If your experience has been like mine, you have received inquiries recently about "how safe" deposit accounts are. The FDIC rules for banks, the NCUA rules for Credit Unions and the FSLIC rules for Federal Savings and Loans, are essentially identical.
Generally, a depositor is covered up to $100,000 per institution for regular deposits and an additional $250,000 for IRA's, Keoghs, TSA's and self-directed 401(k) accounts. Joint accounts are covered up to $100,000 for each joint account holder. Co-owners must have signed the signature card, must be individuals, and must have equal rights to withdraw funds from the account. If account-holders have more than one account at a bank, they are aggregated, not to exceed to the limits above.
Coverage for Trust accounts is not measured by the account holder. Instead, Trust accounts are covered up to $100,000 per beneficiary, even if they do not have a current right to receive or withdraw from the account. "Trust Accounts" include Revocable Living Trusts, "T.O.D." and "P.O.D." accounts (irrevocable trusts have different rules). Beneficiaries must be "qualified" (spouse, child, grandchild--including step child--, siblings and parents). They must be the beneficiary who will receive upon the death of the grantor/owner (i.e., if a trust says to 2 children and grandchildren are named as contingent beneficiaries, the grandchildren are not counted). But if the trust says to spouse for life, then to my children, the spouse and children count.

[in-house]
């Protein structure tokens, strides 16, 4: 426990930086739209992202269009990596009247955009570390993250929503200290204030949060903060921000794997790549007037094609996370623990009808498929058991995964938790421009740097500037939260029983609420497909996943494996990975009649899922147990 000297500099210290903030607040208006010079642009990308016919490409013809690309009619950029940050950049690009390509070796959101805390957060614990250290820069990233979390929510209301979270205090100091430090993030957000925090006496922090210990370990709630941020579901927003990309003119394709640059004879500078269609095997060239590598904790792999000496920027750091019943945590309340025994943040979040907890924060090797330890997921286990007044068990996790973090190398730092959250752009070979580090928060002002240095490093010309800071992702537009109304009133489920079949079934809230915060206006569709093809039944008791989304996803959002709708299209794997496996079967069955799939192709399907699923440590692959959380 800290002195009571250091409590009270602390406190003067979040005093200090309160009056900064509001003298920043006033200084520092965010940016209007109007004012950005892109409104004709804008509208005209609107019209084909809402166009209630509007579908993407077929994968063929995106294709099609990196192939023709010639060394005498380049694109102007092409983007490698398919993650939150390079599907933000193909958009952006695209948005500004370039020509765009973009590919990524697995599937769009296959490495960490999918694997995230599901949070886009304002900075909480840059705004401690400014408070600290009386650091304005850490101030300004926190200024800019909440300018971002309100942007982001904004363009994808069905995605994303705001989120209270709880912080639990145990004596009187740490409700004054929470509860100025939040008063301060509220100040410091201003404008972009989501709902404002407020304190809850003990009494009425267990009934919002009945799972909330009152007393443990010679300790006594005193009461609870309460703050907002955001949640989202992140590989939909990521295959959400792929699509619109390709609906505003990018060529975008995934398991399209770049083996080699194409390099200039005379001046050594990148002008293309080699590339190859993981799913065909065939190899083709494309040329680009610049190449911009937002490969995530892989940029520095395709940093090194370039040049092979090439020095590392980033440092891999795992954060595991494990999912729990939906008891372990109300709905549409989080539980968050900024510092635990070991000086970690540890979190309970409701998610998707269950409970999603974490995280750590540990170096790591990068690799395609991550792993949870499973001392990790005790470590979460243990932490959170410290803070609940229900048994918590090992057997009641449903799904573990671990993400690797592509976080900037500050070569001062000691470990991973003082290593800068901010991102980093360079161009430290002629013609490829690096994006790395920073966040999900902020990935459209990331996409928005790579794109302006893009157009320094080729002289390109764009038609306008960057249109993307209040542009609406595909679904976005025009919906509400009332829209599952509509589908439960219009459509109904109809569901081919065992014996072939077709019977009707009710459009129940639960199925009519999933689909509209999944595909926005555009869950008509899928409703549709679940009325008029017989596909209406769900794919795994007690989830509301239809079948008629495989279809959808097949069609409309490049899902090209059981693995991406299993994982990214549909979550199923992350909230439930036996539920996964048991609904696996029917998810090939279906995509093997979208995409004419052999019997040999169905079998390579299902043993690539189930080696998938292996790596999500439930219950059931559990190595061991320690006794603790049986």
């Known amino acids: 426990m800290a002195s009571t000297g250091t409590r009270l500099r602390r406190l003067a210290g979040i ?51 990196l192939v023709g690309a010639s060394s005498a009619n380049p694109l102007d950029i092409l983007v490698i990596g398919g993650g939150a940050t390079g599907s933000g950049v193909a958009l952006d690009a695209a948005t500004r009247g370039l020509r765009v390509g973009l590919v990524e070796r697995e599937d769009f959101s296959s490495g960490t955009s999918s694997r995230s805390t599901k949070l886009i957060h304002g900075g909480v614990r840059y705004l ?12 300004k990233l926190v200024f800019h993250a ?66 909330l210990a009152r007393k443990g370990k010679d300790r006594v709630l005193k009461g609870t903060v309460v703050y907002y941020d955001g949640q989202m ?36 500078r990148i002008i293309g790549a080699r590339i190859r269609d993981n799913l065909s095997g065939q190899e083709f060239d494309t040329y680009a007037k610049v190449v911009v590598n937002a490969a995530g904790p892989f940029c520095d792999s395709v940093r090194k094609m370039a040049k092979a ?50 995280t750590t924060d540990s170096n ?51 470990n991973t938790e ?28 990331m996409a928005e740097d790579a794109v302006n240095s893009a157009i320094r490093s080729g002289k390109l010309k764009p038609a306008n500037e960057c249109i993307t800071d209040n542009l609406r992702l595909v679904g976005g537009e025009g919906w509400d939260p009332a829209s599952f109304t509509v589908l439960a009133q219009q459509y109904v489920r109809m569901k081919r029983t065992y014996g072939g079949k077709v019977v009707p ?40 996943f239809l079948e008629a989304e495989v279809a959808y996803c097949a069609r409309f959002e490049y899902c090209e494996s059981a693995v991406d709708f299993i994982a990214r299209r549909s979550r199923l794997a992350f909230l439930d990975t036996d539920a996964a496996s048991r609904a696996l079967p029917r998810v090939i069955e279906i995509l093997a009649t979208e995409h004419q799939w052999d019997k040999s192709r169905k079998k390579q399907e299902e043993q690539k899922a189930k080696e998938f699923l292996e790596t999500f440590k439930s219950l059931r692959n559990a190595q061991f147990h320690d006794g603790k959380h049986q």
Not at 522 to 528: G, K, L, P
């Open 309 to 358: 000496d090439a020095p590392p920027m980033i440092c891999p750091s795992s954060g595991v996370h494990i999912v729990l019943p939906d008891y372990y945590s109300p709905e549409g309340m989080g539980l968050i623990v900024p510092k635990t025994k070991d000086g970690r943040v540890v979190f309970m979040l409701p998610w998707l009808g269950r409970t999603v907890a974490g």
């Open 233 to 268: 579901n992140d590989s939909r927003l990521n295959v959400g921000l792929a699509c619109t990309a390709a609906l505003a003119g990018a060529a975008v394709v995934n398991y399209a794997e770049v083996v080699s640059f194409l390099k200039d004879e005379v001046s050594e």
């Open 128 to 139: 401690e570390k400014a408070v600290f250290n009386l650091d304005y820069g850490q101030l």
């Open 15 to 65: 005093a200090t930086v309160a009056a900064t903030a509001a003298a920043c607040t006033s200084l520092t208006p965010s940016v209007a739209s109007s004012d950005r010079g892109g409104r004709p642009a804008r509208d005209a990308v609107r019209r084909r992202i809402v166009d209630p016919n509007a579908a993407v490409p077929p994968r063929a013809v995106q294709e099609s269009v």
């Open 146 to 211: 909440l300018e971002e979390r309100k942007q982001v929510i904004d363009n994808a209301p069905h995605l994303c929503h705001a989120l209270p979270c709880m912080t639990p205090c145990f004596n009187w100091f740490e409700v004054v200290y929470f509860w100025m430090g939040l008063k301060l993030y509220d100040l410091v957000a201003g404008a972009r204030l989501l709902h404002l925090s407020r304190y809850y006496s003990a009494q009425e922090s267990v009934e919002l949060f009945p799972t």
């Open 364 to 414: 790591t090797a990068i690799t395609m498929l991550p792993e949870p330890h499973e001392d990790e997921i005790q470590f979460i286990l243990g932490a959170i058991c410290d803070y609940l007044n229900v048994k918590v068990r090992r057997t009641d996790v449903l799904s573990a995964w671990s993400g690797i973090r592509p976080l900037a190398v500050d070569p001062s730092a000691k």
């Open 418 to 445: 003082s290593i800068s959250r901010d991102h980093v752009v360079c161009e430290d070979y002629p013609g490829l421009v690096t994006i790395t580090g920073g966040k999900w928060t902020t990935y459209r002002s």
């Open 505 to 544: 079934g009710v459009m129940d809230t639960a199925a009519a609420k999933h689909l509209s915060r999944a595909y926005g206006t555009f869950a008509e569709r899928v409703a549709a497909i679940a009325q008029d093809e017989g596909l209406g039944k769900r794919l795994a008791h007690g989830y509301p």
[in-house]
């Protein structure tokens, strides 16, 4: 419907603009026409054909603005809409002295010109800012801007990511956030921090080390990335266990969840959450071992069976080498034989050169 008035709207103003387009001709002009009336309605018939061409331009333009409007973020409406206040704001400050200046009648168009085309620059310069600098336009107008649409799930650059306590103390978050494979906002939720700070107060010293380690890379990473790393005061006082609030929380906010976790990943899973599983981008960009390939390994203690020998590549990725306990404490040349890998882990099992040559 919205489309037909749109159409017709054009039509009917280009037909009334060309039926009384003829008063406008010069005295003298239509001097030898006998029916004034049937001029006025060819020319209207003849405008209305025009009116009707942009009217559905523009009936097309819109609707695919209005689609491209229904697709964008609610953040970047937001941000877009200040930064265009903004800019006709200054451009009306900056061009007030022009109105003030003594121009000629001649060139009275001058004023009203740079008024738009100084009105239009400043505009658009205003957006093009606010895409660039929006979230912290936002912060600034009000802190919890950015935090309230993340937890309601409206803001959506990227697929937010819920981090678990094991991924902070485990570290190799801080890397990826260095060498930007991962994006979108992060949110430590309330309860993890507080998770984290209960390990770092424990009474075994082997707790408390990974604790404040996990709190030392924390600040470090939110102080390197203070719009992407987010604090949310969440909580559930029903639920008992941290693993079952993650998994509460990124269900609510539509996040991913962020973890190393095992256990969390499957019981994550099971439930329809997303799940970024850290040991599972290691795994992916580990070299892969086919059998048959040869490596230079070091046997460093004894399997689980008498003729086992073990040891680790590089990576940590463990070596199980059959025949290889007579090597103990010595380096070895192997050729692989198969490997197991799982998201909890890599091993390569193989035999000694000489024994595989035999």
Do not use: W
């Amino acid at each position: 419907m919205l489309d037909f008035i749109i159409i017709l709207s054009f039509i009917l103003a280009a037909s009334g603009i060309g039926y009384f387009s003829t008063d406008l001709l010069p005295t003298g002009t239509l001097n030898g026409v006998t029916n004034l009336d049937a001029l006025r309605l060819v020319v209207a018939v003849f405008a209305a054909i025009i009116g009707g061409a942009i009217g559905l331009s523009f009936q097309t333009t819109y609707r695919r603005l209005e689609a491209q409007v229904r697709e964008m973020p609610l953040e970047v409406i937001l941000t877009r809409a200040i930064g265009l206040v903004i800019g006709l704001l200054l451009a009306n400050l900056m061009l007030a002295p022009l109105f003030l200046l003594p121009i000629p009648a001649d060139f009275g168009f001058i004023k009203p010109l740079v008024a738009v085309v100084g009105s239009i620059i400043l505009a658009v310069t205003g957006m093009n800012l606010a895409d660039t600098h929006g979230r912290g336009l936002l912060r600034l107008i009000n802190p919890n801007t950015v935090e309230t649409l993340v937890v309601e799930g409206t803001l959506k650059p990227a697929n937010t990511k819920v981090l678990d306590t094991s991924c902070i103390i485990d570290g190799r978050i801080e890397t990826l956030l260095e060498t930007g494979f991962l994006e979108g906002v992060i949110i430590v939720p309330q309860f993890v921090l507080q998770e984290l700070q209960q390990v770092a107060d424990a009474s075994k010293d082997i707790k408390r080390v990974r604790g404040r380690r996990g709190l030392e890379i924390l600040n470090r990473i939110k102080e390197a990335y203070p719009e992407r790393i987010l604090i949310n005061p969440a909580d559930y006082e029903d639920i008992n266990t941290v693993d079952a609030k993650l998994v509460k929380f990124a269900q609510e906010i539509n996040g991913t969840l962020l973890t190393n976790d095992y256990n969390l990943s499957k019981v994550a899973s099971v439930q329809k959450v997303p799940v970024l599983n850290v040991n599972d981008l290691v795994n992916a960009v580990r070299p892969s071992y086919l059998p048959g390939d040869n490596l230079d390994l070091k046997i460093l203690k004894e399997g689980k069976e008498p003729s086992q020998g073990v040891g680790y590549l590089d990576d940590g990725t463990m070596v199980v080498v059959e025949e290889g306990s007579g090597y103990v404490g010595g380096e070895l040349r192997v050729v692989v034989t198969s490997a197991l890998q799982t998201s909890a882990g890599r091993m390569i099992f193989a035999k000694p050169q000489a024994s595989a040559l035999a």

Examples: Joint Trust with Husband and Wife as grantors and 2 children. The account could be covered up to $400,000 ($100,000 for each owner under the ownership rules above and $100,000 for each child). The same would be true for a joint account with husband and wife naming 2 children as P.O.D. beneficiaries.
A/B Trust where each spouse has their own trust naming surviving spouse as life income beneficiary and 2 children as residuary beneficiaries. The Grantor/owner is covered for $100,000 under owner rules above. The Spouse and 2 children are covered under beneficiary rules. Each trust gets $300,000 coverage for a total of $600,000.
These rules do not make complete sense to me, and my own advice to clients is to think about the reality of the situation. What guarantee is there that the FDIC will have the money to pay out these amounts? Does it make sense, in spite of these coverage limits, to "diversify" anyway?
This Newsletter is intended to be informational, only and does not constitute legal advice. If you have questions, concerns or comments, please contact me at: email@example.com, or by Telephone at 989-652-9923.